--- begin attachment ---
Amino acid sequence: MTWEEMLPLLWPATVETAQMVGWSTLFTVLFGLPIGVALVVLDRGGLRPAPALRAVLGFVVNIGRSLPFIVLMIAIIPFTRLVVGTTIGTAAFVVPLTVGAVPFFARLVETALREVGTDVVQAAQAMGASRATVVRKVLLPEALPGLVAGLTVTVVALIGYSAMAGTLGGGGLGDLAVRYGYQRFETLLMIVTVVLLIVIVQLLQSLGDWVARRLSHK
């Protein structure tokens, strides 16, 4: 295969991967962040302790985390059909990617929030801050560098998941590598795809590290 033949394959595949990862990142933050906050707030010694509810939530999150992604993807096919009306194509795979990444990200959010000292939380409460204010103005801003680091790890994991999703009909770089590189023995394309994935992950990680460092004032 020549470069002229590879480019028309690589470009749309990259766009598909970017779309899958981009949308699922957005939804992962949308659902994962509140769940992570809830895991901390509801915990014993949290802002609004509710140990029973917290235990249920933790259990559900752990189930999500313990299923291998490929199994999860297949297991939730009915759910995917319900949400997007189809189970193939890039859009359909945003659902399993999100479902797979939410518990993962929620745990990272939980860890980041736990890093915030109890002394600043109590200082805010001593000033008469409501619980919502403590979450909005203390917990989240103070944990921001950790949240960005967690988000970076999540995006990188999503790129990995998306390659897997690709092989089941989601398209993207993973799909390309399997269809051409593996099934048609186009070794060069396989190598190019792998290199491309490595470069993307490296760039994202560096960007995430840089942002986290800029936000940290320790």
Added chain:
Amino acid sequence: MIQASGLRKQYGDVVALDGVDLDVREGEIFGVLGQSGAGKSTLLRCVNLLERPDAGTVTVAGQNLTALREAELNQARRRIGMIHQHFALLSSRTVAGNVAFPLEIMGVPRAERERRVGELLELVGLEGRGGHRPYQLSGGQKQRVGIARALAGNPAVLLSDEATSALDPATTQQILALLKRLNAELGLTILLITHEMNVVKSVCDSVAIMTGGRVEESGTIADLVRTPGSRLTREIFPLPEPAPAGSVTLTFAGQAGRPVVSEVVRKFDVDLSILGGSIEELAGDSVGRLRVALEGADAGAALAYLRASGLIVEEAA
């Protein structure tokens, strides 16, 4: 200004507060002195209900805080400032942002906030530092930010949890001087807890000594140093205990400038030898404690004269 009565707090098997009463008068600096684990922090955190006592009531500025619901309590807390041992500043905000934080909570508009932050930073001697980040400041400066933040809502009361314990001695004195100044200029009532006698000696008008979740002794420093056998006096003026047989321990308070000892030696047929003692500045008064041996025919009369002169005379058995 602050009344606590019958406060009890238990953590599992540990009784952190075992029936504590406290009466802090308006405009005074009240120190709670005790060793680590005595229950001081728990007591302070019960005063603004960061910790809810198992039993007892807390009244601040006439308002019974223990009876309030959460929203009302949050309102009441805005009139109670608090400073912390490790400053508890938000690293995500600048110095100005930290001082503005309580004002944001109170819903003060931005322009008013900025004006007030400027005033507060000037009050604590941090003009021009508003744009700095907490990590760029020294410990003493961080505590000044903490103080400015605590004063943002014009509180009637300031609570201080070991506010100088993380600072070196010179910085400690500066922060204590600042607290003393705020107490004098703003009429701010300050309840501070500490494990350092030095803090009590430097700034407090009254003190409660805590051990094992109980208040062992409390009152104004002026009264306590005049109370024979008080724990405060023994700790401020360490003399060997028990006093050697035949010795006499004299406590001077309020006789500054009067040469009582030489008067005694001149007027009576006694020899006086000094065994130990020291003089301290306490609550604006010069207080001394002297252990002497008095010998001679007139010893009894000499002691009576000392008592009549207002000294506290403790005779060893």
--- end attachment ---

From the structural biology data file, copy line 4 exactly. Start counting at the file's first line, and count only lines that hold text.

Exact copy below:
Amino acid sequence: MIQASGLRKQYGDVVALDGVDLDVREGEIFGVLGQSGAGKSTLLRCVNLLERPDAGTVTVAGQNLTALREAELNQARRRIGMIHQHFALLSSRTVAGNVAFPLEIMGVPRAERERRVGELLELVGLEGRGGHRPYQLSGGQKQRVGIARALAGNPAVLLSDEATSALDPATTQQILALLKRLNAELGLTILLITHEMNVVKSVCDSVAIMTGGRVEESGTIADLVRTPGSRLTREIFPLPEPAPAGSVTLTFAGQAGRPVVSEVVRKFDVDLSILGGSIEELAGDSVGRLRVALEGADAGAALAYLRASGLIVEEAA